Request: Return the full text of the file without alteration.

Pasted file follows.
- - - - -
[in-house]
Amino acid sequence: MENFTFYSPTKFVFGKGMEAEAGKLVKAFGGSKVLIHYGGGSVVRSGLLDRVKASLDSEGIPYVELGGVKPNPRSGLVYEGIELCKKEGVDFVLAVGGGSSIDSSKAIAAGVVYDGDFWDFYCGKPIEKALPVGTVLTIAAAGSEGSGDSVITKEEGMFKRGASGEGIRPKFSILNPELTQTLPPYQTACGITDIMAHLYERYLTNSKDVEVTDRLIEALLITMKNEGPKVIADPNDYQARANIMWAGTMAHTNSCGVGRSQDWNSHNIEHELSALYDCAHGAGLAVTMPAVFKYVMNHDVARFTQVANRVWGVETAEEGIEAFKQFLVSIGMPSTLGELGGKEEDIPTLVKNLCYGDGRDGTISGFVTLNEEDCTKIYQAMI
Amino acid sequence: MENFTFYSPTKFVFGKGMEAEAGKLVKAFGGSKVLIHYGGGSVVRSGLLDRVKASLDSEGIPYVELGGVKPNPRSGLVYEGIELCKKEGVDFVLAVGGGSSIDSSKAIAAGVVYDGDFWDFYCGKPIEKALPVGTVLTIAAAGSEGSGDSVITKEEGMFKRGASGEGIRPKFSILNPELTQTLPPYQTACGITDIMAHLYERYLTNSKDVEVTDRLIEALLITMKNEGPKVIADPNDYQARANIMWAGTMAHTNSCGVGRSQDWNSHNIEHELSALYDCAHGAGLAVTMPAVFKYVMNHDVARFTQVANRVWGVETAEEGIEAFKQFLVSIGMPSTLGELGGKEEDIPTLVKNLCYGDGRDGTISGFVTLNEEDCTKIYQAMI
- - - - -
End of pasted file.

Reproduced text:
[in-house]
Amino acid sequence: MENFTFYSPTKFVFGKGMEAEAGKLVKAFGGSKVLIHYGGGSVVRSGLLDRVKASLDSEGIPYVELGGVKPNPRSGLVYEGIELCKKEGVDFVLAVGGGSSIDSSKAIAAGVVYDGDFWDFYCGKPIEKALPVGTVLTIAAAGSEGSGDSVITKEEGMFKRGASGEGIRPKFSILNPELTQTLPPYQTACGITDIMAHLYERYLTNSKDVEVTDRLIEALLITMKNEGPKVIADPNDYQARANIMWAGTMAHTNSCGVGRSQDWNSHNIEHELSALYDCAHGAGLAVTMPAVFKYVMNHDVARFTQVANRVWGVETAEEGIEAFKQFLVSIGMPSTLGELGGKEEDIPTLVKNLCYGDGRDGTISGFVTLNEEDCTKIYQAMI
Amino acid sequence: MENFTFYSPTKFVFGKGMEAEAGKLVKAFGGSKVLIHYGGGSVVRSGLLDRVKASLDSEGIPYVELGGVKPNPRSGLVYEGIELCKKEGVDFVLAVGGGSSIDSSKAIAAGVVYDGDFWDFYCGKPIEKALPVGTVLTIAAAGSEGSGDSVITKEEGMFKRGASGEGIRPKFSILNPELTQTLPPYQTACGITDIMAHLYERYLTNSKDVEVTDRLIEALLITMKNEGPKVIADPNDYQARANIMWAGTMAHTNSCGVGRSQDWNSHNIEHELSALYDCAHGAGLAVTMPAVFKYVMNHDVARFTQVANRVWGVETAEEGIEAFKQFLVSIGMPSTLGELGGKEEDIPTLVKNLCYGDGRDGTISGFVTLNEEDCTKIYQAMI